Comcast and Sony get our attention today for two newly revealed and important deals involving content streaming.
All Boxee'd Up: When the FCC announced last month that it would grant Comcast a waiver to eliminate the last of the non-scrambled basic cable channels (your local channels) at year's end, we wondered why Boxee didn't start howling.
The maker of the internet content streaming and web site-surfing Boxee Box had been making quite a stink in government hearings about the plan. That because the change would have obsoleted an add-on piece delivering those same basic cable channels directly through a Boxee, without the need for an attached cable box. (All you needed was a coaxial cable split off from the incoming Comcast service line.)
But as newly reported by MultiChannel News, Comcast got Boxee to shut up by agreeing to develop a work-around product. It's a "high definition digital transport adapter with an ethernet connect" that will let Boxee customers get an internet streamed version of their local channels through the box - if certified Comcast customers, we presume.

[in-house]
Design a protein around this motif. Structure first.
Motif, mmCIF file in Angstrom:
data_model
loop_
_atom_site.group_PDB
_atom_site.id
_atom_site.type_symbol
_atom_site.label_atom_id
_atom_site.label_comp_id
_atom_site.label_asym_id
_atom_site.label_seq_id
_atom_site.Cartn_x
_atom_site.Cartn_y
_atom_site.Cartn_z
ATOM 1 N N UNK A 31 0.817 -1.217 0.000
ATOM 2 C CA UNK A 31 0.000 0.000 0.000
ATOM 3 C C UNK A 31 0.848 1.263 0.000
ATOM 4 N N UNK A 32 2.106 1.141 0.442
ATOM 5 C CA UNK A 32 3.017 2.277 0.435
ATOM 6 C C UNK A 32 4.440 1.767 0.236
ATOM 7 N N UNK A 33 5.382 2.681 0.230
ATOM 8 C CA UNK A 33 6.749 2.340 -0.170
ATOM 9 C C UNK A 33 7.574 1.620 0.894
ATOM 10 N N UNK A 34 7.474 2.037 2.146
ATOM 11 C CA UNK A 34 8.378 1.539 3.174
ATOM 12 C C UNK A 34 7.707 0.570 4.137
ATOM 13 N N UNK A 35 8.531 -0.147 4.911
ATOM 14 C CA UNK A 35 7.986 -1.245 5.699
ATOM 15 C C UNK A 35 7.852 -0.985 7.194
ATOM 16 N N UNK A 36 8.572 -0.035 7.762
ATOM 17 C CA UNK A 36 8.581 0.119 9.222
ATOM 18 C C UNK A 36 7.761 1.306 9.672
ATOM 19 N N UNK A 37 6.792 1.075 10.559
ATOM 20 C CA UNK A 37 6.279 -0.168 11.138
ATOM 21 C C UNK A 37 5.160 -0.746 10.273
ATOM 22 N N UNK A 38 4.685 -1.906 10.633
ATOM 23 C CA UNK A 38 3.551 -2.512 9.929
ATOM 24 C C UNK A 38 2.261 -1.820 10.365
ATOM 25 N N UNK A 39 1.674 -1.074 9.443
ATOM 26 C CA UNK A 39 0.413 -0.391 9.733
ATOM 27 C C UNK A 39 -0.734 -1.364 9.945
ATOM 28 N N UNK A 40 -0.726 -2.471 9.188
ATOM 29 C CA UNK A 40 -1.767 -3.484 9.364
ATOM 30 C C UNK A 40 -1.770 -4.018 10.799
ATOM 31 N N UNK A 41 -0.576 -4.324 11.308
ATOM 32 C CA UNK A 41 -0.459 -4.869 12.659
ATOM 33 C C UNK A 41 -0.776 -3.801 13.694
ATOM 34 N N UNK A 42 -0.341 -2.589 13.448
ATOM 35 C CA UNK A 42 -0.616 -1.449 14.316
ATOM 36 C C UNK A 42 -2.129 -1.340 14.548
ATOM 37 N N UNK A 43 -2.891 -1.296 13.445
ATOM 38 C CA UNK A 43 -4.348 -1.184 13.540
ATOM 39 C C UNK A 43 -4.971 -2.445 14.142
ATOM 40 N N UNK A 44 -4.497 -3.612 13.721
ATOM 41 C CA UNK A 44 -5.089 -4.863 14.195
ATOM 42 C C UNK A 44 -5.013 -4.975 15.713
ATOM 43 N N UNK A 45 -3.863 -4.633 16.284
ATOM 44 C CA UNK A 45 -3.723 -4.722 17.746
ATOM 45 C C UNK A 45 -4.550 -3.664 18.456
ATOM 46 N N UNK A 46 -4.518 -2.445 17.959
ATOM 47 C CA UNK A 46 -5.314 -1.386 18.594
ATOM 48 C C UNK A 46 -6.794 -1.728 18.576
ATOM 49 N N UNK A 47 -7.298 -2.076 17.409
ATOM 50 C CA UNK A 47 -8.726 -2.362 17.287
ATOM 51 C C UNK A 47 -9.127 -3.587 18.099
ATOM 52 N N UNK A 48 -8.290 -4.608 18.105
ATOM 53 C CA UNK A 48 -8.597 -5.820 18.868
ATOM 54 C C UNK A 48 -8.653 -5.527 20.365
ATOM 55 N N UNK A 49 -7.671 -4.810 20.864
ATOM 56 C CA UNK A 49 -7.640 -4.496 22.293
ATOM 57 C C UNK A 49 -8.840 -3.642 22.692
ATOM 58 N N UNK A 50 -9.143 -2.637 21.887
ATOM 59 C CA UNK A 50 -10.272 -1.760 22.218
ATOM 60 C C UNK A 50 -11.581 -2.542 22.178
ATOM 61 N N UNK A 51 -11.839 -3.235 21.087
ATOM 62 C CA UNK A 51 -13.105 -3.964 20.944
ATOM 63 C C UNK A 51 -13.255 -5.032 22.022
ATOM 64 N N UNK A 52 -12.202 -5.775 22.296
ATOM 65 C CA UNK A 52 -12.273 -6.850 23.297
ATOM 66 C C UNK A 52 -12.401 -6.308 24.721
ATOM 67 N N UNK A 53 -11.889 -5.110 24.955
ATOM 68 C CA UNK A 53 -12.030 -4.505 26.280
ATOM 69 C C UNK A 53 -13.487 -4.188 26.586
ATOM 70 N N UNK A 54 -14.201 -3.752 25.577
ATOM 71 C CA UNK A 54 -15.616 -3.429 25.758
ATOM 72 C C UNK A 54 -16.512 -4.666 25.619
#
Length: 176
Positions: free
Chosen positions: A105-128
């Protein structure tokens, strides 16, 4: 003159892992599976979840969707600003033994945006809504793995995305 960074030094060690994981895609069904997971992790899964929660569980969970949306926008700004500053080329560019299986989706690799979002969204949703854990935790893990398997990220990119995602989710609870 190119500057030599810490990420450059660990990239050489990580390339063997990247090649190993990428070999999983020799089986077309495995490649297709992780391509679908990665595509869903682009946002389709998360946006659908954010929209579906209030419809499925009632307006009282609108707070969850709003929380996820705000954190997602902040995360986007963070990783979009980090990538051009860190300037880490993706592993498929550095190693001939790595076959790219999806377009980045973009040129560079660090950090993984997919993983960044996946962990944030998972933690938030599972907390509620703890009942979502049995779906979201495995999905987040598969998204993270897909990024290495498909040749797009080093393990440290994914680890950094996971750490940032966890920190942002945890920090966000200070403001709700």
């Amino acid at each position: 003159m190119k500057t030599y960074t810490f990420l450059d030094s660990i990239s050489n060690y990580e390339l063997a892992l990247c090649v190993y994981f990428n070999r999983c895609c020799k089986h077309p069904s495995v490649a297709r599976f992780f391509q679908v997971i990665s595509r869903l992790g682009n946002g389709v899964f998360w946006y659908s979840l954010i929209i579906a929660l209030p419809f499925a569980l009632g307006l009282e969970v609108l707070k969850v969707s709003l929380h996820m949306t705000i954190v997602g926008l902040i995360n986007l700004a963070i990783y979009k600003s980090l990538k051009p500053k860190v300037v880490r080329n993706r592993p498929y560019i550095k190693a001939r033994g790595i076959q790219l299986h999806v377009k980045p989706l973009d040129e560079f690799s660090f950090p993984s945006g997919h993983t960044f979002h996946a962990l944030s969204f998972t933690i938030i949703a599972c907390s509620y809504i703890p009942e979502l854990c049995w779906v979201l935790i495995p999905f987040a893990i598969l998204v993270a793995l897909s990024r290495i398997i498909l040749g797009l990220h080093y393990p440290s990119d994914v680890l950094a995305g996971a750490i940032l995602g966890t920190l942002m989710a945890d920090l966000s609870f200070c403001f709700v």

Sony Buys In: Sony Computer Entertainment has long been a follower of the rule "if you can't do it right yourself, buy a company that can." That's why the operation brought game companies like Naughty Dog. That's why they've now made a deal to acquire Gaikai, a California-based cloud-gaming company, in a deal worth $380 million (all in Sony shares.)
Sony has had some success with selling game content through its on-line store for download to its own devices, especially the PS3. But let's face facts - the Sony PSP and new Vita portable game systems and Sony Ericsson Xperia smart phones ain't exactly setting the world on fire, So Sony needs to grow the streaming/download game business (i.e. THE FUTURE) on other platforms.
Gaikai already has deals in place with the likes of Samsung and LG. Hopefully for Sony those won't go away, just because there's a new boss running (and maybe re-branding) the site.